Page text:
Federal grassroots advocacy for HR is just as important as ever in 2017. The issues may change, but the need to support and represent the profession surely won’t. Plus, as former Speaker of the House Tip O’Neill famously said, “All politics is local.”
For example, many ruby red states over the past two elections have raised minimum wages materially by way of the ballot box.
And let’s not forget municipalities. Expect the growing trend of local regulation to increase when it comes to matters such as “ban-the-box” ordinances, mandatory sick pay and predictable schedules.
Regardless of their political leanings, HR professionals must continue to be involved so that their voice is heard on workplace public-policy issues. Here are 10 suggestions to make grassroots advocacy more effective without annoying employers.
1. Follow proposed legislation. First, track bills at the federal, state and local level.
Be careful not to focus only on developments in the states in which you operate. To the contrary, be mindful of developments in other jurisdictions, particularly neighboring ones. Legislation spreads.
2. Evaluate bills critically. Avoid knee-jerk responses. Make sure you read the language of a bill before jumping to conclusions.
In evaluating proposed legislation, focus not only on the intent but also on the foreseeable consequences. Many a bill with laudable intent may produce adverse consequences for the employees it is designed to protect.
3. Know your representatives. The first time you need help should not be the first time you meet your representatives, either at the federal or state level. Get to know them and their staffs before issues arise.
Staff members are key gatekeepers for elected representatives. Treat them with respect—not only because they deserve it but also because if you don’t, you will not get access to their bosses.
4. Educate your elected officials. Advocacy is all about relationships, including with your representatives.
Meredith Nethercutt, senior associate for member advocacy at the Society for Human Resource Management (SHRM), explains it well: “There are only a handful of federal members of Congress who have any kind of background in human resources. That is why sharing your personal stories and testimonials as HR professionals with those elected to represent you in office is so critical. After all, if you don’t speak up to those who are crafting and voting on workplace legislation on behalf of your organization and employees, no one else will do it for you.”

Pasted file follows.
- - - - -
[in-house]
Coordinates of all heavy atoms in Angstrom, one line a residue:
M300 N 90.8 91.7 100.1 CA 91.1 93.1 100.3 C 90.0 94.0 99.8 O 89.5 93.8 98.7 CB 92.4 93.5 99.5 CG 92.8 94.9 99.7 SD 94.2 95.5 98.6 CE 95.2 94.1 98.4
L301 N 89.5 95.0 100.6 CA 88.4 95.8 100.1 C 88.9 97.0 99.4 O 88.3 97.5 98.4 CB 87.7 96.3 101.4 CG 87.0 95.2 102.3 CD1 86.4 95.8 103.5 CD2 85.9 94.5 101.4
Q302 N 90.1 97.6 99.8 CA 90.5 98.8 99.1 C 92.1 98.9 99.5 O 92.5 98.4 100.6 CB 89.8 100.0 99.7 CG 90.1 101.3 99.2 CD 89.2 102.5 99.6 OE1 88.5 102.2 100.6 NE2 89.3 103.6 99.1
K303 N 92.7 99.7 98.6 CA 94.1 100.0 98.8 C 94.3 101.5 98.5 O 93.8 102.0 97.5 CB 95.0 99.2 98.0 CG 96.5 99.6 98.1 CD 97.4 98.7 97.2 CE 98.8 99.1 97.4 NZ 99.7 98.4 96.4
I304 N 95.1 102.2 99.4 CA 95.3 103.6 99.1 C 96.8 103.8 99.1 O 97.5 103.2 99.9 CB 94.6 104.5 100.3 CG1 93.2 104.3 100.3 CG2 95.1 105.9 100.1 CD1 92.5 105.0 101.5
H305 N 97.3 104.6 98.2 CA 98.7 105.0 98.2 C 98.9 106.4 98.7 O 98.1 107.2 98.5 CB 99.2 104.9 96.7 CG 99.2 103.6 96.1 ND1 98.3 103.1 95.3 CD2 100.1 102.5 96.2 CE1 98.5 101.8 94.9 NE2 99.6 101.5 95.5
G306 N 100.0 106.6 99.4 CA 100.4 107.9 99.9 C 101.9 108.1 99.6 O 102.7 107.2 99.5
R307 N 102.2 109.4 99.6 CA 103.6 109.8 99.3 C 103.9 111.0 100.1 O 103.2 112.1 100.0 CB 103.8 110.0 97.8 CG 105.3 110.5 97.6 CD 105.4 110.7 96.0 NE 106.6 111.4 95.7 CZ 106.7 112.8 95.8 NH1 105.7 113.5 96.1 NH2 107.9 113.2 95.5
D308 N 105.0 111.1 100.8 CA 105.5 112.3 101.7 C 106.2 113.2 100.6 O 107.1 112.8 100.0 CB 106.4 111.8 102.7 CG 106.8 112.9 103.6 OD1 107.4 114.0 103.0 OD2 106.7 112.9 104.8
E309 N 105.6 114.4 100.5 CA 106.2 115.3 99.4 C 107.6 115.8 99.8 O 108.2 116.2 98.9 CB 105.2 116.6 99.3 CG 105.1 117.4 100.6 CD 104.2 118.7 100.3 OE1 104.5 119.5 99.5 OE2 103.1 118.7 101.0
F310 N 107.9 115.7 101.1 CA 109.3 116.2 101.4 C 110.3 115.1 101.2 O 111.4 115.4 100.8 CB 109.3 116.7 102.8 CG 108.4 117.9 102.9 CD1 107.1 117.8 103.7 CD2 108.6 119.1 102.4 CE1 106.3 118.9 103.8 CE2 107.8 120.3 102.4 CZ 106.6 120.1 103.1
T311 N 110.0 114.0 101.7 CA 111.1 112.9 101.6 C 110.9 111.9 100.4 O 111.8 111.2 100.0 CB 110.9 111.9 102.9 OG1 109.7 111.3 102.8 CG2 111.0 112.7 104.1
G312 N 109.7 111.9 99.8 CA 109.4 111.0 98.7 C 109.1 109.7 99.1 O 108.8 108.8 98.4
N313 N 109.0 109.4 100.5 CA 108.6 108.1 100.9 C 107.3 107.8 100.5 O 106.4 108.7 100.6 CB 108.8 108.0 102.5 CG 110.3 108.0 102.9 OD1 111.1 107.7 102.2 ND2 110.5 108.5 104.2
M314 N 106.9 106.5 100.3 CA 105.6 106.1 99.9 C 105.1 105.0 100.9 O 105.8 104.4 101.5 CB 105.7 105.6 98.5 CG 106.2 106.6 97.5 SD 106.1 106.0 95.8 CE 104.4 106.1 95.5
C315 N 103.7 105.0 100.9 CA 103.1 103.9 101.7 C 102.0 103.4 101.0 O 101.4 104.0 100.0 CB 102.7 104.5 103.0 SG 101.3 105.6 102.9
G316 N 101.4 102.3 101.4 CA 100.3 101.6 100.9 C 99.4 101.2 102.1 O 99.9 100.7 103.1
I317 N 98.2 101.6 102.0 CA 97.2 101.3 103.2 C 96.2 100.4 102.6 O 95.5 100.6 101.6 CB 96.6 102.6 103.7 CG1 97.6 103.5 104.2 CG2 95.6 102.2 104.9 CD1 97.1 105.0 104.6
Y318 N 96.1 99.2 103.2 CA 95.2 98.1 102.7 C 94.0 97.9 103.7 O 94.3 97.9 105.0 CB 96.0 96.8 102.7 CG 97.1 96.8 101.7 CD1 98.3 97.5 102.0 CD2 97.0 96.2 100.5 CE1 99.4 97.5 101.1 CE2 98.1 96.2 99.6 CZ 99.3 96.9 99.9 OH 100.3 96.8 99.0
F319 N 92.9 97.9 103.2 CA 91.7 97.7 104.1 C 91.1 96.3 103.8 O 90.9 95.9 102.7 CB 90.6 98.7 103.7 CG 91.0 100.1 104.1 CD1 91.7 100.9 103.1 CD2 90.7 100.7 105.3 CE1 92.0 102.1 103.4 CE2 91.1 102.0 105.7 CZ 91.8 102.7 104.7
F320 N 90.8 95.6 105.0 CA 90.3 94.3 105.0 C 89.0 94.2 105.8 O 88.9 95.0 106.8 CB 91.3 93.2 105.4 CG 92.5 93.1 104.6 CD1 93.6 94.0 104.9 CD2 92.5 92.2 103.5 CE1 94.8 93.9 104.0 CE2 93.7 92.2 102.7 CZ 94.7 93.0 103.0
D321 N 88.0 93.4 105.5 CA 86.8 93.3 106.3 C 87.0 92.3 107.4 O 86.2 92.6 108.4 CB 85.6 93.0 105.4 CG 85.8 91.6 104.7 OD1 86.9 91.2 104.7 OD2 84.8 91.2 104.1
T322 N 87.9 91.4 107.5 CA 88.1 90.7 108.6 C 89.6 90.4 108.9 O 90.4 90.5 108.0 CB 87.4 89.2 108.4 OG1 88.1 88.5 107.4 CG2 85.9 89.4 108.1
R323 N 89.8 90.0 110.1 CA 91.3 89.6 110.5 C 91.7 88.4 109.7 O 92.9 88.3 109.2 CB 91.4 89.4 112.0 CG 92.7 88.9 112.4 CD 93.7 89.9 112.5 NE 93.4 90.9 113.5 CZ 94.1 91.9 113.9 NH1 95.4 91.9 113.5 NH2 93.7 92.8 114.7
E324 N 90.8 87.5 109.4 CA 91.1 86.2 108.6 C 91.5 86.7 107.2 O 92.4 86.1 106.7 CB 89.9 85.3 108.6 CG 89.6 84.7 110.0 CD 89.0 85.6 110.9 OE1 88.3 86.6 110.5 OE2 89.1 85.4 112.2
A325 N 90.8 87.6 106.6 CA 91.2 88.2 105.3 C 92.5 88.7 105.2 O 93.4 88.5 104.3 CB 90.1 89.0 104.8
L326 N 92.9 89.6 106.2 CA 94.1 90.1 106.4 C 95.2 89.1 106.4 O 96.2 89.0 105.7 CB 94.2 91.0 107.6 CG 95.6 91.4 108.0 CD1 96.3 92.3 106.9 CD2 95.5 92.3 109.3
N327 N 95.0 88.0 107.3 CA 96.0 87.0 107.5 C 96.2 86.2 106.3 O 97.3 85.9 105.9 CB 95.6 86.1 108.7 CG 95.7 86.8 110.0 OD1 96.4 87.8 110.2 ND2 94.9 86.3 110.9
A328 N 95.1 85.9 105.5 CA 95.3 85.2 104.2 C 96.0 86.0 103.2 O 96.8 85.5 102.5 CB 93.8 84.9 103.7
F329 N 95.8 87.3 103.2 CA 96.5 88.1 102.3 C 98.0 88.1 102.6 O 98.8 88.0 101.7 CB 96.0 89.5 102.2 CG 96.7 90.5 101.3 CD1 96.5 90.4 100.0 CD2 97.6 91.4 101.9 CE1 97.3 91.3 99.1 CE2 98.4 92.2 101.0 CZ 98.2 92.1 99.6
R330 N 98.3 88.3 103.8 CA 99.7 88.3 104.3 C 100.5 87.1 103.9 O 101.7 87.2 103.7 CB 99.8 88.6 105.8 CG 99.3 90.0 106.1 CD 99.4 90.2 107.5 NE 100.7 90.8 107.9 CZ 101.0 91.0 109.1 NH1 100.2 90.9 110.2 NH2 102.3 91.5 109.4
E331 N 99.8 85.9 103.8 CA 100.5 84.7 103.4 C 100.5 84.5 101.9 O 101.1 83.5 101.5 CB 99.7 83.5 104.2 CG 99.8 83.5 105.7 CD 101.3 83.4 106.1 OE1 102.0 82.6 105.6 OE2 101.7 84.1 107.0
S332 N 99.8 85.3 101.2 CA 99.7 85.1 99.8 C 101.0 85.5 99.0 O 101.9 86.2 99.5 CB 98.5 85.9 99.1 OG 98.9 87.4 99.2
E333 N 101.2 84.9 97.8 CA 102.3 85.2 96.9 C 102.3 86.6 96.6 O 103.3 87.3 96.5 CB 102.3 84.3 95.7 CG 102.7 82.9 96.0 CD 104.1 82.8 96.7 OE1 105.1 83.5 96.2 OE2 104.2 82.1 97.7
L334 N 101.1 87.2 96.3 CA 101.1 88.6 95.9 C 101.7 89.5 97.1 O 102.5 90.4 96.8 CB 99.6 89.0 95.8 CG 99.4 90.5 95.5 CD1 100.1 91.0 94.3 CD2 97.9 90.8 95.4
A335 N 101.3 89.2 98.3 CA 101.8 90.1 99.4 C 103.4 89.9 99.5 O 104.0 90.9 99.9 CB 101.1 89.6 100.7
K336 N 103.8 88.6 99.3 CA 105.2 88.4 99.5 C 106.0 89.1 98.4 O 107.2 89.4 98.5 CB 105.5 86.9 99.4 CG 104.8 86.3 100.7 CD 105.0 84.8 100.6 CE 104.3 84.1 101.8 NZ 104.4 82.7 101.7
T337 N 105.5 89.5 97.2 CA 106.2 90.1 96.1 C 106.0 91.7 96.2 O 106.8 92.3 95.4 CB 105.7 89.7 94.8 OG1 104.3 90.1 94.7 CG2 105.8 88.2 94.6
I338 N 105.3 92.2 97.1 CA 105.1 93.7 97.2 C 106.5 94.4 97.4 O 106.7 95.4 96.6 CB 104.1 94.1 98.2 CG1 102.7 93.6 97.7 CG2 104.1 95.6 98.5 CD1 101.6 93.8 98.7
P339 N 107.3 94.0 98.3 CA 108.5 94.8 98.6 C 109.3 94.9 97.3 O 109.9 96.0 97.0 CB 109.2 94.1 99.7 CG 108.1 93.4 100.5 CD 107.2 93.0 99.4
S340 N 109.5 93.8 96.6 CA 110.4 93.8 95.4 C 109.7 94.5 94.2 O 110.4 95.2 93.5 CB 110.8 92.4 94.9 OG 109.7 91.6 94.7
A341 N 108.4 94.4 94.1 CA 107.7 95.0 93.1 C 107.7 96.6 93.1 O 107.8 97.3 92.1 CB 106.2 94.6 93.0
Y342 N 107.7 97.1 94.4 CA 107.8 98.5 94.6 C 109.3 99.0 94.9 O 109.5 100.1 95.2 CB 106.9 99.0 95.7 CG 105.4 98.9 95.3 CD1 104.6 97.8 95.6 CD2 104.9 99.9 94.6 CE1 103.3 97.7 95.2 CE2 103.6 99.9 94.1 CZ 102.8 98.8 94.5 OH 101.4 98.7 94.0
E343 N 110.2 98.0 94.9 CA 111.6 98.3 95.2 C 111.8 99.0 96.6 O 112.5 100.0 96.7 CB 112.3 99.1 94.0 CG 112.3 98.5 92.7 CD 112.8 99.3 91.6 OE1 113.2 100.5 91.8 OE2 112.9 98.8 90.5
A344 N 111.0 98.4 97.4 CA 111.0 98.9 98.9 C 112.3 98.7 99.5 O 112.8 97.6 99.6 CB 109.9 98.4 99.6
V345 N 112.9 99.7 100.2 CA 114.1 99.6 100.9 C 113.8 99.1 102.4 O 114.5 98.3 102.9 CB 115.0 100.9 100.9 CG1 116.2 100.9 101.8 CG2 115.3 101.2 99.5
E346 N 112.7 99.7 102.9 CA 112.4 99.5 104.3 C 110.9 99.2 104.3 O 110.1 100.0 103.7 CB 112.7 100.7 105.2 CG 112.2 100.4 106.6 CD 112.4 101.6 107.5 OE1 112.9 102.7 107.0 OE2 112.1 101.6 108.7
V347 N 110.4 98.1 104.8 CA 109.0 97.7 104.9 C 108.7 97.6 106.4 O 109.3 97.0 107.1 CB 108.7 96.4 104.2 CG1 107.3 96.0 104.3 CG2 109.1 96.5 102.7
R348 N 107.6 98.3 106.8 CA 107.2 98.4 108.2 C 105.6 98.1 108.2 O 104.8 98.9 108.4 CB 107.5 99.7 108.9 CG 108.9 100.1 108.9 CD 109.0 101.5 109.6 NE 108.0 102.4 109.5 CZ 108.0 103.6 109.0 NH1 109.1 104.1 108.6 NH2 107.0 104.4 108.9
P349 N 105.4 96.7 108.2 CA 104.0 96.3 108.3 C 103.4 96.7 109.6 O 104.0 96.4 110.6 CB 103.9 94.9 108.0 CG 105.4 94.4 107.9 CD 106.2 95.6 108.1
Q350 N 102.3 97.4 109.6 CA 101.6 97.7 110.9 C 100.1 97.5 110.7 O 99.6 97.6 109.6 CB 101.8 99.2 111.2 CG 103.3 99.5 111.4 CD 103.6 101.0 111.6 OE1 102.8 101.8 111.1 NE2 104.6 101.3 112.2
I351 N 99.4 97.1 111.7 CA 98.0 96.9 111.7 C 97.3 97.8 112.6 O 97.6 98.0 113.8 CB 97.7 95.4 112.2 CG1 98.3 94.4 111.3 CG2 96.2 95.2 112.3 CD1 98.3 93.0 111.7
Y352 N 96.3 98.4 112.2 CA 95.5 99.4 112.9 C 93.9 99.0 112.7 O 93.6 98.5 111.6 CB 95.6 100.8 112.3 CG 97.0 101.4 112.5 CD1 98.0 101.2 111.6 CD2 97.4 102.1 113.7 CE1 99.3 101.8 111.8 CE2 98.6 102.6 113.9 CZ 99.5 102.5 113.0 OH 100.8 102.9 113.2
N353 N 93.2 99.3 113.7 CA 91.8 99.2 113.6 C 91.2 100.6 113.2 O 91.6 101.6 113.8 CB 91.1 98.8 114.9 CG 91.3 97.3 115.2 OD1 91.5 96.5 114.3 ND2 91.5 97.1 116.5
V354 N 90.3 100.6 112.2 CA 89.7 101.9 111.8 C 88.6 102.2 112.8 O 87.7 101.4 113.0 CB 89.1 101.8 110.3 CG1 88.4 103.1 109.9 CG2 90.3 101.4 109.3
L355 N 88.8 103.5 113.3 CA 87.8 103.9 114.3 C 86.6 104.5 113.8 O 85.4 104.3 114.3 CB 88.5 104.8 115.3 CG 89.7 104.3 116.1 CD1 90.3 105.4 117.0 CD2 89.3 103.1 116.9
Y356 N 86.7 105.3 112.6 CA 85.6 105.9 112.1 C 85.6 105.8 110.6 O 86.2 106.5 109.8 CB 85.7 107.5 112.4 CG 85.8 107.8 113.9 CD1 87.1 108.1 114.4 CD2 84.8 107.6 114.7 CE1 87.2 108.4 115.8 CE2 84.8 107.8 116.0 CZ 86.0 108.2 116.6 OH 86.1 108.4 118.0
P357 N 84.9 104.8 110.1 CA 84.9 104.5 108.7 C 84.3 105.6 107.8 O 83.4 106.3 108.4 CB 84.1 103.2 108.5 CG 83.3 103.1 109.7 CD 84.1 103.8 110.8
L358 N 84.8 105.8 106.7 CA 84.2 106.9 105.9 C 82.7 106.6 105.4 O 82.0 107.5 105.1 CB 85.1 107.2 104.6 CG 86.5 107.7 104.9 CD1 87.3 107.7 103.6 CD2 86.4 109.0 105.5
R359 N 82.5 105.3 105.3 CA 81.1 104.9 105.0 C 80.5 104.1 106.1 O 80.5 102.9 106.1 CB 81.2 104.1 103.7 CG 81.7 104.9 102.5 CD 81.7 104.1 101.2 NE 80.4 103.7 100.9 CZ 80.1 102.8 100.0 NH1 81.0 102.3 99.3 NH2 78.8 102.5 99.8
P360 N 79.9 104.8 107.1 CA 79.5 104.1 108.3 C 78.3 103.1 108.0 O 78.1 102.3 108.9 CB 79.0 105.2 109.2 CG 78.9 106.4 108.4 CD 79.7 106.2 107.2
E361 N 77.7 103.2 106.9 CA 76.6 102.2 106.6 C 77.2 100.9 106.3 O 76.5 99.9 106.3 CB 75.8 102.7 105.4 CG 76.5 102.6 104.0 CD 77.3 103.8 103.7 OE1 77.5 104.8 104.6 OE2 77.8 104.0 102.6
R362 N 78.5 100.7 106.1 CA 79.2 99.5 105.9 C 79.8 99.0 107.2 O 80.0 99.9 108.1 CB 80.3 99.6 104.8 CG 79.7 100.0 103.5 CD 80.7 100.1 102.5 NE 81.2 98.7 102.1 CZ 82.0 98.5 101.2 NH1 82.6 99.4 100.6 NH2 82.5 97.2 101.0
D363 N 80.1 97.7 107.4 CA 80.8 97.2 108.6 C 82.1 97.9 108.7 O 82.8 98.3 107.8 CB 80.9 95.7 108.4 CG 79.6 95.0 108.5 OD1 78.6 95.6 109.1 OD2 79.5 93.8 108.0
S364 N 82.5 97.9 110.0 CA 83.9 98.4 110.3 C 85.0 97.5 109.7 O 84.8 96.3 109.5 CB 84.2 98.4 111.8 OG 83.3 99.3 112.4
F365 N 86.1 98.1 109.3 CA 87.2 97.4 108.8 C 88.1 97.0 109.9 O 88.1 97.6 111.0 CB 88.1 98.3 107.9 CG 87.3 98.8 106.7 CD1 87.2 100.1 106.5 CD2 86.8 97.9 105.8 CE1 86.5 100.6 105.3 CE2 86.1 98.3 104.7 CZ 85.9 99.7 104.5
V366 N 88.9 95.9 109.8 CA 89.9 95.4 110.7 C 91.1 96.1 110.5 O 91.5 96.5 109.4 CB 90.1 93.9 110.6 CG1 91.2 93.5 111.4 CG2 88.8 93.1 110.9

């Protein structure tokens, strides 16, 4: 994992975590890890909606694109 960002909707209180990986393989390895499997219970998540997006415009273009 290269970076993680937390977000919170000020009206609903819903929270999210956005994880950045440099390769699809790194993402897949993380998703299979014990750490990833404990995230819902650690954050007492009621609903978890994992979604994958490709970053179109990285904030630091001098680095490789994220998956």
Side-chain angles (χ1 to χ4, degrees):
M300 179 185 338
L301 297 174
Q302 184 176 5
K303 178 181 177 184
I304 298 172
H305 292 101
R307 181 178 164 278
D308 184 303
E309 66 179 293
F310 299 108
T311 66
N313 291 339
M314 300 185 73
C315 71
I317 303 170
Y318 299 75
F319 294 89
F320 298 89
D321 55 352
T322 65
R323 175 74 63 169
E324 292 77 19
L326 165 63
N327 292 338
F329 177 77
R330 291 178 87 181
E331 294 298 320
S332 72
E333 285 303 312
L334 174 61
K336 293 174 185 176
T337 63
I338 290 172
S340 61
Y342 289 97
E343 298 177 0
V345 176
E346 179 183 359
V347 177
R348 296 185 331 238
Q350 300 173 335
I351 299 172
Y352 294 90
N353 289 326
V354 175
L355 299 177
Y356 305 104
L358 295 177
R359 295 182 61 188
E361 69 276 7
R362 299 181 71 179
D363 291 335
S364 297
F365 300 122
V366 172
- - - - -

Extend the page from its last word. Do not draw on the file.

5. Get others involved. Usually, it is not enough for HR professionals to advocate on HR issues. It is important to get others to make the case for you, too.
Consider educating members of your C-suite on why a proposed bill might be helpful or hurtful to HR. See if they want to join in the advocacy efforts.
6. Consider legal issues. Do not forget that whatever you say to a representative is discoverable in a trial. This includes communication that occurs via letter, e-mail and social media as well as verbally.
I think of a letter I once saw that said something to the effect of “There is no way we could comply with this bill if it became law.”
In the hands of a plaintiff’s lawyer, a statement like that could be dynamite.
7. Assess personal dynamics. SHRM needs and appreciates the volunteer work of those engaged in HR advocacy, but you should check with a member of your executive team before getting involved. There may be reasons your employer does not want you to oppose a bill, even though the effects on HR could be negative.
For example, it is possible that the sponsor of the bill is also supporting legislation that would be helpful to the company’s business interests. The last thing you want to hear from your boss is that you have alienated the legislation’s sponsor.
8. Consider the impact on the workforce. When communicating with representatives, remember that what you say could find its way back to the workforce.
Sometimes proposed bills and regulations can cause you to become incredibly frustrated. Feeling aggravated is one thing; saying something that devalues your employees is another.
For example, in opposing the overtime rule, an employer might have been frustrated by the regulation but shouldn’t have said something like, “Our employees will just have to deal with it if we hire more workers to avoid unnecessary overtime.”
Be thoughtful in how you oppose suggested legislation that, on its face, would appear to benefit employees. Focus on the unintended adverse consequences that might apply to the workforce.
9. Be practical. Pick your battles. There may be political reasons not to oppose a bill—if there is virtually unanimous support for it, for example.
Conversely, do not inadvertently give publicity to a bill that is going nowhere.
10. Engage in business meetings. Have a business focus in your meetings with your representatives or their staffs.
Acknowledge the pros and cons of the bill at issue to establish your credibility. Then explain clearly your position and ask for support.
Be prepared with bullet points, be sensitive to the representative’s time, be ready to shorten your pitch, and always be respectful and ethical. Last but not least, make sure to thank the representative for his or her time and always follow up with an e-mail reiterating your gratitude for the meeting and your key points.
“Remember, the crux of your engagement, and of these ongoing interactions with elected officials, is to build solid relationships,” says Mike Aitken, SHRM’s vice president of government affairs.
“While you may differ in perspective and opinion on various issues with your lawmakers, your ability to serve as a trusted and reliable resource to those in public office will be invaluable—now and in the busy months ahead.”